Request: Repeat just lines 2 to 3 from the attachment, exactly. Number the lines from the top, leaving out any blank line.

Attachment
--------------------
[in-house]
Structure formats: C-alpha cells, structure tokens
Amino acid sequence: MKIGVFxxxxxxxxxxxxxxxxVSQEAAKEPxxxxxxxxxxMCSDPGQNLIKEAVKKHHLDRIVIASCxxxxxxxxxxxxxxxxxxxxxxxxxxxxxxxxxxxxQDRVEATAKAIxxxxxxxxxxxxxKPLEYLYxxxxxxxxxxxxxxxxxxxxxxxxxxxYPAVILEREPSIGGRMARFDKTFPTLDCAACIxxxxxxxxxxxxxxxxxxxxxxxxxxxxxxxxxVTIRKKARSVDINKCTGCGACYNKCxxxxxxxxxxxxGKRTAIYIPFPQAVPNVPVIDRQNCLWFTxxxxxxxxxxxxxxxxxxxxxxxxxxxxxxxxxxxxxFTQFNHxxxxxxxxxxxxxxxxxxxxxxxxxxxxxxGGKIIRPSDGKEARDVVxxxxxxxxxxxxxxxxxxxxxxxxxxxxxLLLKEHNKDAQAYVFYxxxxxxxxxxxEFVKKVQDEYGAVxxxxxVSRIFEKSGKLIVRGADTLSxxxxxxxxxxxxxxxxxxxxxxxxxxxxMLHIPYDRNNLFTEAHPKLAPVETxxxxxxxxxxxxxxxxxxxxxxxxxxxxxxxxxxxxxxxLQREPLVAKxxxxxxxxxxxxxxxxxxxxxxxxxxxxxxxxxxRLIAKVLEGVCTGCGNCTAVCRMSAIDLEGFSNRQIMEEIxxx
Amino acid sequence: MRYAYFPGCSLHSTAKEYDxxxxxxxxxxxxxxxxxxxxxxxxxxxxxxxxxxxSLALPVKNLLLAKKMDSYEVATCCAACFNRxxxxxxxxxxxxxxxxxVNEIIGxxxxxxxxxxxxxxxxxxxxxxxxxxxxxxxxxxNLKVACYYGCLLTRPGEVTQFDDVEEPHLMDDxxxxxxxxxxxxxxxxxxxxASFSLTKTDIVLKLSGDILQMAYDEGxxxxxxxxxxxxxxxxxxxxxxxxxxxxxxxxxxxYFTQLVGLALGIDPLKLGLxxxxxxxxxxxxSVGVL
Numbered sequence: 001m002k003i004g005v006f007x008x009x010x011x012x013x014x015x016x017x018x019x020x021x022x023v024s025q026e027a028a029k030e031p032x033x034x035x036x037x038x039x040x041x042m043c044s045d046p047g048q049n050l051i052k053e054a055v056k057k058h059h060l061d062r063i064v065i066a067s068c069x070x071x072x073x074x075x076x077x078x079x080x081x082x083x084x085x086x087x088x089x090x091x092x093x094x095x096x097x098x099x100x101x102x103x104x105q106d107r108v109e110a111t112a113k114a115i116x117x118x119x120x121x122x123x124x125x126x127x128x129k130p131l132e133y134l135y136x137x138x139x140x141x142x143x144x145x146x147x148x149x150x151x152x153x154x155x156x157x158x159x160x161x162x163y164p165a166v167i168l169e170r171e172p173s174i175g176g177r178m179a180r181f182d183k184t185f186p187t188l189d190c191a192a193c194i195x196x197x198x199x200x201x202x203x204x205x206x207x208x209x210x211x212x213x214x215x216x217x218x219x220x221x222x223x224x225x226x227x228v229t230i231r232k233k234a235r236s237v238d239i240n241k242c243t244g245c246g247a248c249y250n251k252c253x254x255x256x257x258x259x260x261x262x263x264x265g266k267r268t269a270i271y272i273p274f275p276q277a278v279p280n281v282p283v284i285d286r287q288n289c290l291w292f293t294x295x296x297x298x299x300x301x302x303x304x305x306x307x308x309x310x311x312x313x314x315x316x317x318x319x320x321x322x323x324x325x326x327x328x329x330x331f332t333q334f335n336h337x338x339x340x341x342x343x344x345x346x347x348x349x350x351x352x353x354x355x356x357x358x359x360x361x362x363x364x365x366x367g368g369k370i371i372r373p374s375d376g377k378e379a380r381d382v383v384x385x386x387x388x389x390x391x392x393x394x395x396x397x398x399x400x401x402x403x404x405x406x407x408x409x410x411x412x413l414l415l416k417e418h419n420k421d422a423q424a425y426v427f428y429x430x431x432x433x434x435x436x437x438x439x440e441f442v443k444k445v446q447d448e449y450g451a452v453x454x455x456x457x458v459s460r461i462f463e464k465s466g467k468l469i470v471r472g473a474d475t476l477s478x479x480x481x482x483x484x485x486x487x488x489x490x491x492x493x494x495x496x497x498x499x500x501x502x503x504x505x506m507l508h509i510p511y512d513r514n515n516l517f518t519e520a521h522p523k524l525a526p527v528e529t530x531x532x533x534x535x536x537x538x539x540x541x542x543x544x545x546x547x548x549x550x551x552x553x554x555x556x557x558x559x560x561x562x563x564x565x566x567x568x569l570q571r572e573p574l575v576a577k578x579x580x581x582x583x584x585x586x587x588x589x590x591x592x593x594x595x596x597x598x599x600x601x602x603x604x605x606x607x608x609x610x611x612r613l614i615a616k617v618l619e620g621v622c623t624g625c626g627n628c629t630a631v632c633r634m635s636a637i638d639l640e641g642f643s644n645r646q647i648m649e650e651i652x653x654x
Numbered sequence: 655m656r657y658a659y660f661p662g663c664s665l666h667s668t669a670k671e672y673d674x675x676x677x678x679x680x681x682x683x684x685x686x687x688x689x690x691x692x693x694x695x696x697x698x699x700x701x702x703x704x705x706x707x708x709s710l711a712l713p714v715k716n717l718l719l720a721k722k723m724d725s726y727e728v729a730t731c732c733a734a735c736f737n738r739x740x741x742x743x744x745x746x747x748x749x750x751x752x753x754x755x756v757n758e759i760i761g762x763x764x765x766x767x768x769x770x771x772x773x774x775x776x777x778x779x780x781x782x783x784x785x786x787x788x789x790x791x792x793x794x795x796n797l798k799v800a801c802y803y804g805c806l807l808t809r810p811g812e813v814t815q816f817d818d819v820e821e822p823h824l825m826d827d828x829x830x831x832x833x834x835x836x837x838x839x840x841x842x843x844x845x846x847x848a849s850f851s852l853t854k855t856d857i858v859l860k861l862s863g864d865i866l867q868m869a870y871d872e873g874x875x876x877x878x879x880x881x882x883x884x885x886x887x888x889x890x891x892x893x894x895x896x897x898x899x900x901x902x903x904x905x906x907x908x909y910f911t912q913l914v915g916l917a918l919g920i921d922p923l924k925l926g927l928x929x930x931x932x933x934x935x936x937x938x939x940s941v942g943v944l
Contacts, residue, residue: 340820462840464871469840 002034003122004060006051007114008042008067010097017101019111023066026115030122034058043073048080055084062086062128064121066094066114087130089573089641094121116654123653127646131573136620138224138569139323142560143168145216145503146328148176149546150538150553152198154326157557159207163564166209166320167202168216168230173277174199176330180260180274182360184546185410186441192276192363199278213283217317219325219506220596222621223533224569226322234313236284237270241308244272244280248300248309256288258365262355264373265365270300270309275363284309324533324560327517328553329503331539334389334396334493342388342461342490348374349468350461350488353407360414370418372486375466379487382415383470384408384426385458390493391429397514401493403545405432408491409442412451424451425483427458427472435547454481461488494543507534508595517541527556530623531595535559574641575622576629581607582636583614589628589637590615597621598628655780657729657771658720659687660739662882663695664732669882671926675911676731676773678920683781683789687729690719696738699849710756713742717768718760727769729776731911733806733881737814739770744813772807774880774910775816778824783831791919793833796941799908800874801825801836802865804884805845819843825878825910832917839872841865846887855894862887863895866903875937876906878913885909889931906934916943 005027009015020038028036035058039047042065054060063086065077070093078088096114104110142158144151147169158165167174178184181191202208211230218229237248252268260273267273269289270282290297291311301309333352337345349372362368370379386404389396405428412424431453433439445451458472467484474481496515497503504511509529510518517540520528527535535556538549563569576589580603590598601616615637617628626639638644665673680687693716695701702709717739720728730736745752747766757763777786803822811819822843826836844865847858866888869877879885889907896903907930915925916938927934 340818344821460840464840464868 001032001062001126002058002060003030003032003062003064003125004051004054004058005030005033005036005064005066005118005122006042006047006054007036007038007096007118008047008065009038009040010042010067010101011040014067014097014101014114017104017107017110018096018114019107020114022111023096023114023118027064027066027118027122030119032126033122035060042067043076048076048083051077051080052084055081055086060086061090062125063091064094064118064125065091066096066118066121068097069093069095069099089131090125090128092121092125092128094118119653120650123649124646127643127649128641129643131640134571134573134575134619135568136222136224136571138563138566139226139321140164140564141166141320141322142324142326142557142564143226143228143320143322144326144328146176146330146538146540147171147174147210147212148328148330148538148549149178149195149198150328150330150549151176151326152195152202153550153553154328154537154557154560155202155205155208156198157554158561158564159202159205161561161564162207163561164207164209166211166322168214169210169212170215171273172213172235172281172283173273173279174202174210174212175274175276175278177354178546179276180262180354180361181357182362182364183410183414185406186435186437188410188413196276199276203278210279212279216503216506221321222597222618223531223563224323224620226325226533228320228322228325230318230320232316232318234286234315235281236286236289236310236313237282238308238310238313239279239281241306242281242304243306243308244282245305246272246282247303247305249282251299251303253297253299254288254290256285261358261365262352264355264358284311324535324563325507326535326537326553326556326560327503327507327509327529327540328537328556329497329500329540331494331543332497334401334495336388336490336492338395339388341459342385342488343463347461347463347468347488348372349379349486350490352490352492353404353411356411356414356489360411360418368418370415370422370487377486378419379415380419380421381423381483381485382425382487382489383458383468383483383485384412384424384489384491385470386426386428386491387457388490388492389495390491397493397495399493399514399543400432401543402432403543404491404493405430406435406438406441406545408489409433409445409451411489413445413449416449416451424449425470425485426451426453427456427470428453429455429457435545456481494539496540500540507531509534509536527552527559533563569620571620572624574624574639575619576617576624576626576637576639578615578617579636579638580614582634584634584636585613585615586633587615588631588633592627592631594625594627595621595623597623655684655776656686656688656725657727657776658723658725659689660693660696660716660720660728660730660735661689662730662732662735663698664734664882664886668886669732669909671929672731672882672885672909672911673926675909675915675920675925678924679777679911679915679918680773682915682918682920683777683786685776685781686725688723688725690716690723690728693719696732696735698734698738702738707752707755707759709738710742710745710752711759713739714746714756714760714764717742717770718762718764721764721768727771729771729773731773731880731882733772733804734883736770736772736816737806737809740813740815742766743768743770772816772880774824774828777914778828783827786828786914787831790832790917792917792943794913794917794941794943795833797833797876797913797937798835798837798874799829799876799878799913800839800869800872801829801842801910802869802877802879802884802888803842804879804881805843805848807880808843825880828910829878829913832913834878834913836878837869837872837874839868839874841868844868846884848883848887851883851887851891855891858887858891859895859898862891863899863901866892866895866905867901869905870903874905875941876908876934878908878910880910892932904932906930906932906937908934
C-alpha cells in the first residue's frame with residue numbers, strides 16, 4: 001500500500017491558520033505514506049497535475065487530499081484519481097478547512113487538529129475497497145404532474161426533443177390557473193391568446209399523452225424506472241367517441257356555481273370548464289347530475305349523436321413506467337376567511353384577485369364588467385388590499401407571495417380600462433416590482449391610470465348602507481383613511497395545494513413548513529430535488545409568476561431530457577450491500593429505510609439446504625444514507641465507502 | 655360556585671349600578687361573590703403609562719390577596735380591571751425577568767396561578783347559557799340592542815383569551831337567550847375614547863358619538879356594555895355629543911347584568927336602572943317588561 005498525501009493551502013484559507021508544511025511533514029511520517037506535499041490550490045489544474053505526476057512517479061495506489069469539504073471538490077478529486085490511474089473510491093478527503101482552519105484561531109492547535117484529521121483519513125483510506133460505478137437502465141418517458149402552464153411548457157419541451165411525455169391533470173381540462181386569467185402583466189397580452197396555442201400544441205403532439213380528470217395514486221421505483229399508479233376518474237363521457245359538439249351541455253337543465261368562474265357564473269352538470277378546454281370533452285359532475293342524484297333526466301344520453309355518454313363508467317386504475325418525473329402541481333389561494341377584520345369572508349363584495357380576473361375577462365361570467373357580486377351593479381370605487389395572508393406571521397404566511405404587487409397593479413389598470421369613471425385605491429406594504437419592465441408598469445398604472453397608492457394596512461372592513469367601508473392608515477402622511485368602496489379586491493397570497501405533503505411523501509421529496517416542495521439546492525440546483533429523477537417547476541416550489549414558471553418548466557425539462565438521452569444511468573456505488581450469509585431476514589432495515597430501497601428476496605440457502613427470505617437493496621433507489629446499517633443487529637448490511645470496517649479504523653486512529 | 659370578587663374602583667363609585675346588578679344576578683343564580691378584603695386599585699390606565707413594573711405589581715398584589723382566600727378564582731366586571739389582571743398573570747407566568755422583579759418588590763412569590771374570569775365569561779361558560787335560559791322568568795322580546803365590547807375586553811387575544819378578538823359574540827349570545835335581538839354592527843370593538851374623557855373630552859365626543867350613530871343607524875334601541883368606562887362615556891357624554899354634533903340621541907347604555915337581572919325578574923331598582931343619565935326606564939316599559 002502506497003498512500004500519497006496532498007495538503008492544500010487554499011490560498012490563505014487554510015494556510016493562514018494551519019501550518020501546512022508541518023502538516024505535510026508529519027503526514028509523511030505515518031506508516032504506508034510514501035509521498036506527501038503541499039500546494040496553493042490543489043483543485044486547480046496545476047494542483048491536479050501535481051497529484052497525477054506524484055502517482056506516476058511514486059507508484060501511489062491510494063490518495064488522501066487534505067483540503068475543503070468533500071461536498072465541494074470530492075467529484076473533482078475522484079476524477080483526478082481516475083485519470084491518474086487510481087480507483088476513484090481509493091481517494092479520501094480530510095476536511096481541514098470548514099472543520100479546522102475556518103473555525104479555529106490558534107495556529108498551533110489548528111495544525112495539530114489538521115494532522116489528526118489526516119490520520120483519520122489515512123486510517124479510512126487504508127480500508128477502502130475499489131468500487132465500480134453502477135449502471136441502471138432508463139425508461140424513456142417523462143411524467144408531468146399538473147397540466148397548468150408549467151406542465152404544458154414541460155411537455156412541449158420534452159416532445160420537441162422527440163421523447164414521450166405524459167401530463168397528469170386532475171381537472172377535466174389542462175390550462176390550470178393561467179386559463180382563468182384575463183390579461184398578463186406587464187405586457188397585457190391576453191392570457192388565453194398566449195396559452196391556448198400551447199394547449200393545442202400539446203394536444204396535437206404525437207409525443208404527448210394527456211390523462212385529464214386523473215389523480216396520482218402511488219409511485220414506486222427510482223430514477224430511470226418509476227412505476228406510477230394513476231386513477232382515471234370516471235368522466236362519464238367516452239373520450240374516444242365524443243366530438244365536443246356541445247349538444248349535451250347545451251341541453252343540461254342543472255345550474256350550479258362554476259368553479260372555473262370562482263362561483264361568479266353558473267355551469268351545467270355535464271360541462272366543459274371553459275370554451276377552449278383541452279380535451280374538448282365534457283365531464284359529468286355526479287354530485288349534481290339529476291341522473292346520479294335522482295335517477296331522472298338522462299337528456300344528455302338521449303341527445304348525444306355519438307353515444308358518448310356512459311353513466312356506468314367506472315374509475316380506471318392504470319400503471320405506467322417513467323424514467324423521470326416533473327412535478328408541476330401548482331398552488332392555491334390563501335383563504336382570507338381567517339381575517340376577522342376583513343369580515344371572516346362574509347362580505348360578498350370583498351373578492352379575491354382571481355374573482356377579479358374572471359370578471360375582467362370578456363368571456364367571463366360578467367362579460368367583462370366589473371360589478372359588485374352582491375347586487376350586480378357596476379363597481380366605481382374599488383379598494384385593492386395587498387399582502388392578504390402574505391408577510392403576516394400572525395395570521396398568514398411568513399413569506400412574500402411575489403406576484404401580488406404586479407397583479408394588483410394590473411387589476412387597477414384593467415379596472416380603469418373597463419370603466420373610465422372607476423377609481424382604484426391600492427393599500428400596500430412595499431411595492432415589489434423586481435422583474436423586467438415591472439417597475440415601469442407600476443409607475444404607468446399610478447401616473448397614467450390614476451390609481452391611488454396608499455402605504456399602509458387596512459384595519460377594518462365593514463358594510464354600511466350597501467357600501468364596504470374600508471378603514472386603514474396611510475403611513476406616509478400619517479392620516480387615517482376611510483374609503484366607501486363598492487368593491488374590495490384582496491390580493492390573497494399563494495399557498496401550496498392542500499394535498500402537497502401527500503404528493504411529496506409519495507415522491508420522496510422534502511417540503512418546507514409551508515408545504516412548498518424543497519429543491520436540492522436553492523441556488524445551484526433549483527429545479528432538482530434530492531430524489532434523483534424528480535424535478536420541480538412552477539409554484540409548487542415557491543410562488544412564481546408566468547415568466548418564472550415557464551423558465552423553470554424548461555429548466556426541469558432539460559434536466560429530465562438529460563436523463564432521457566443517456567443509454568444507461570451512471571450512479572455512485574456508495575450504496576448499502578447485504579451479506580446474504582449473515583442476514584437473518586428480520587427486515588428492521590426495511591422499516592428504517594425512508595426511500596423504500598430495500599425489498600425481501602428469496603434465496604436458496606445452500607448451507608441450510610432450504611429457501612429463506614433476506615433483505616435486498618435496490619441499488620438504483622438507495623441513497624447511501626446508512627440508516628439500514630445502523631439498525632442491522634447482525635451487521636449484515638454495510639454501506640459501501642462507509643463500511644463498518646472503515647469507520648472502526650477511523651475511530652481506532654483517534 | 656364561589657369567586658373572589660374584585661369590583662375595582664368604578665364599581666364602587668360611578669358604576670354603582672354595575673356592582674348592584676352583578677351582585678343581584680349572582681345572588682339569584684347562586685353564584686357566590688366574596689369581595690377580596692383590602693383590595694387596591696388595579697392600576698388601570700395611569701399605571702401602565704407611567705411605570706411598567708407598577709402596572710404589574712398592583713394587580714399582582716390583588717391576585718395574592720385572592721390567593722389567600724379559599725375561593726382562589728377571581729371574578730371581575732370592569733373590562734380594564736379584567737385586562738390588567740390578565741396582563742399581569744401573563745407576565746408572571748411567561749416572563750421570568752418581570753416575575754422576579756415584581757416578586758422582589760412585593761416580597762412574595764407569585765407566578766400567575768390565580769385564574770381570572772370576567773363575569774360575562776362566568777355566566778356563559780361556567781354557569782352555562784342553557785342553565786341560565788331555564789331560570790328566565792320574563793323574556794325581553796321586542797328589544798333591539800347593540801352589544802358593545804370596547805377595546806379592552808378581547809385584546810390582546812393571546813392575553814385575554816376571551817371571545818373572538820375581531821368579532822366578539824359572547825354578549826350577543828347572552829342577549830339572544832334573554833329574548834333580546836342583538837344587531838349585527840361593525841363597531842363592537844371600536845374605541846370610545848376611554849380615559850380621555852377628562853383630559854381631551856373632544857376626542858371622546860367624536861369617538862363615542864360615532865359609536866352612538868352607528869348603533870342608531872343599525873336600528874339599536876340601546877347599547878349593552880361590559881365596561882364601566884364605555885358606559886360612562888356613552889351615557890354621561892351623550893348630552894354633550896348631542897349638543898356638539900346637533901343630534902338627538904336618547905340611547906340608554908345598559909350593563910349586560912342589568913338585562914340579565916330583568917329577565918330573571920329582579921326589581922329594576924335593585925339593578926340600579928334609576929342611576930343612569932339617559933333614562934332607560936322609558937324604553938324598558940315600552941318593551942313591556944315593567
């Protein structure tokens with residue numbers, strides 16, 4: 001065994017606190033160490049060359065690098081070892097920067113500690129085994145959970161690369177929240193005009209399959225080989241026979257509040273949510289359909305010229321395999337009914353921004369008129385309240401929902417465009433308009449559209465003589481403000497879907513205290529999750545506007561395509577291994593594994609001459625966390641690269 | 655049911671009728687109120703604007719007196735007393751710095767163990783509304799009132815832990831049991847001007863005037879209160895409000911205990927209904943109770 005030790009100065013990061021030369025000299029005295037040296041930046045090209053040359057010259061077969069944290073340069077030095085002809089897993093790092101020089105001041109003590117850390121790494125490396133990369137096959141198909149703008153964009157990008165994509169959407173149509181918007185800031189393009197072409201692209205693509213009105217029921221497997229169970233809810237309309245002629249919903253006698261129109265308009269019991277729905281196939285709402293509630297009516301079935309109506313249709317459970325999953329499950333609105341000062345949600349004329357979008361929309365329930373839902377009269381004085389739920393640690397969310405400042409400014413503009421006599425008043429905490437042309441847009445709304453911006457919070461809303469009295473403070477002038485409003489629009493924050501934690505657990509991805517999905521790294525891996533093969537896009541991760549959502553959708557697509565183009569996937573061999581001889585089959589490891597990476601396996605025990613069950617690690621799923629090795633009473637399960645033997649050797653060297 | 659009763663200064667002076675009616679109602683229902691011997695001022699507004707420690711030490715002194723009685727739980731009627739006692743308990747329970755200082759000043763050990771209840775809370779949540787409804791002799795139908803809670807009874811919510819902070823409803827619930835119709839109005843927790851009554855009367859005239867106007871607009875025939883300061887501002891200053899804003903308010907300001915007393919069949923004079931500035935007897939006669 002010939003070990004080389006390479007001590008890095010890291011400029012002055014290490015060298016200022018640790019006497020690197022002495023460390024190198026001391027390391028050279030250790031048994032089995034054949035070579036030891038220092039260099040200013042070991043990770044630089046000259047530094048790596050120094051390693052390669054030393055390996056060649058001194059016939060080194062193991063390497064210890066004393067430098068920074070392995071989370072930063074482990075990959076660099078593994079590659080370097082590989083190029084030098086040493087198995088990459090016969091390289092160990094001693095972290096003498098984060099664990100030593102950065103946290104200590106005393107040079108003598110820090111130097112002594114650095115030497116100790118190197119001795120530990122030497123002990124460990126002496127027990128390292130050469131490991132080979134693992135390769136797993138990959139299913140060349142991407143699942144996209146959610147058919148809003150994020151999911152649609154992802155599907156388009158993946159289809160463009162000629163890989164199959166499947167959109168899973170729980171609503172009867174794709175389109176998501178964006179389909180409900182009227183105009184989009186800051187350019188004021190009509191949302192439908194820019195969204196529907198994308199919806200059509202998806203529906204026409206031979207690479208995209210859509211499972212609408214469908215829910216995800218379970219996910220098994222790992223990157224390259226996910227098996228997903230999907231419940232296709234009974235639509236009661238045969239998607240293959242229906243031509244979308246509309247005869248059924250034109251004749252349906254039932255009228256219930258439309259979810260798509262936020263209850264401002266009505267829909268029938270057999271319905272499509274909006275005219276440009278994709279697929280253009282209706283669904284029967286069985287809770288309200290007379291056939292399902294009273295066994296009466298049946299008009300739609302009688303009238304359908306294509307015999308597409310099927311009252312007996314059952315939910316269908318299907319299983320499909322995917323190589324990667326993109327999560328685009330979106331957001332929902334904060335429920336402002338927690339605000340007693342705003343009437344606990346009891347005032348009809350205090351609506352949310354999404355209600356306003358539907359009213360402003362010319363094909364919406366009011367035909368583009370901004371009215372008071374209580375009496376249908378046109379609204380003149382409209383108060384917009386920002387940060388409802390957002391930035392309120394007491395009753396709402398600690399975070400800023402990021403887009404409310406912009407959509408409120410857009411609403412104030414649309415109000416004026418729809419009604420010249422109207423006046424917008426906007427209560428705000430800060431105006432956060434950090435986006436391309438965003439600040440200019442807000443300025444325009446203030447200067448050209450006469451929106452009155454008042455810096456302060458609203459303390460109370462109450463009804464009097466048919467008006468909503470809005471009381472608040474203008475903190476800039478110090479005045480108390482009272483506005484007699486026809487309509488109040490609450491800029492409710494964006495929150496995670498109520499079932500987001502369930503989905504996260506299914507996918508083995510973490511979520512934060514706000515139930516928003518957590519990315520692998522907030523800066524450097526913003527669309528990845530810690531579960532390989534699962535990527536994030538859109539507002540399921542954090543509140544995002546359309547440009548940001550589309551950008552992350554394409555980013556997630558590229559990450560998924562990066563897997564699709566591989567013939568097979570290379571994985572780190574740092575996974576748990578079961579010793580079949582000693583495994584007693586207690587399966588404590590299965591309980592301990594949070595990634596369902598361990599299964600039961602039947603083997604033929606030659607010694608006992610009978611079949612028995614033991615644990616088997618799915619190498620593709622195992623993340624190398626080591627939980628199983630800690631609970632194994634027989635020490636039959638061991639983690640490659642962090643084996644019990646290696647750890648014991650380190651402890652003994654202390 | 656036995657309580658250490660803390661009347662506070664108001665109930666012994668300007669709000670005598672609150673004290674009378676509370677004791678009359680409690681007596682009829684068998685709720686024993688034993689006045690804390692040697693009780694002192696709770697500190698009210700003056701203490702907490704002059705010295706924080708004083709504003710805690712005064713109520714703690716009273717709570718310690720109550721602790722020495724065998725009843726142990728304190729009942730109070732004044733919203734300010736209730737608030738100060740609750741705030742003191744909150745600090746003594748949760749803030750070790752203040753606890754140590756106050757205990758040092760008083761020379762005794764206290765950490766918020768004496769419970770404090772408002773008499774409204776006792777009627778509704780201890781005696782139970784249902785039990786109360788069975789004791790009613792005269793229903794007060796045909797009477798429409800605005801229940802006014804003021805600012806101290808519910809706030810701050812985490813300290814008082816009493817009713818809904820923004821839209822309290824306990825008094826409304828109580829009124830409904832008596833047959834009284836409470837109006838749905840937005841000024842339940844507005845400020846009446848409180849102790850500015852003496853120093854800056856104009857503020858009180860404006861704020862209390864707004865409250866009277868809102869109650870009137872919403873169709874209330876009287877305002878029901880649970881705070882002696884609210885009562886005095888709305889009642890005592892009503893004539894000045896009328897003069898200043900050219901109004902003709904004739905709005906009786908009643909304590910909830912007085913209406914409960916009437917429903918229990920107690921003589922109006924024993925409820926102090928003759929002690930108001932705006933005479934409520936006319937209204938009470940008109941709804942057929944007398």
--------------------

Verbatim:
Structure formats: C-alpha cells, structure tokens
Amino acid sequence: MKIGVFxxxxxxxxxxxxxxxxVSQEAAKEPxxxxxxxxxxMCSDPGQNLIKEAVKKHHLDRIVIASCxxxxxxxxxxxxxxxxxxxxxxxxxxxxxxxxxxxxQDRVEATAKAIxxxxxxxxxxxxxKPLEYLYxxxxxxxxxxxxxxxxxxxxxxxxxxxYPAVILEREPSIGGRMARFDKTFPTLDCAACIxxxxxxxxxxxxxxxxxxxxxxxxxxxxxxxxxVTIRKKARSVDINKCTGCGACYNKCxxxxxxxxxxxxGKRTAIYIPFPQAVPNVPVIDRQNCLWFTxxxxxxxxxxxxxxxxxxxxxxxxxxxxxxxxxxxxxFTQFNHxxxxxxxxxxxxxxxxxxxxxxxxxxxxxxGGKIIRPSDGKEARDVVxxxxxxxxxxxxxxxxxxxxxxxxxxxxxLLLKEHNKDAQAYVFYxxxxxxxxxxxEFVKKVQDEYGAVxxxxxVSRIFEKSGKLIVRGADTLSxxxxxxxxxxxxxxxxxxxxxxxxxxxxMLHIPYDRNNLFTEAHPKLAPVETxxxxxxxxxxxxxxxxxxxxxxxxxxxxxxxxxxxxxxxLQREPLVAKxxxxxxxxxxxxxxxxxxxxxxxxxxxxxxxxxxRLIAKVLEGVCTGCGNCTAVCRMSAIDLEGFSNRQIMEEIxxx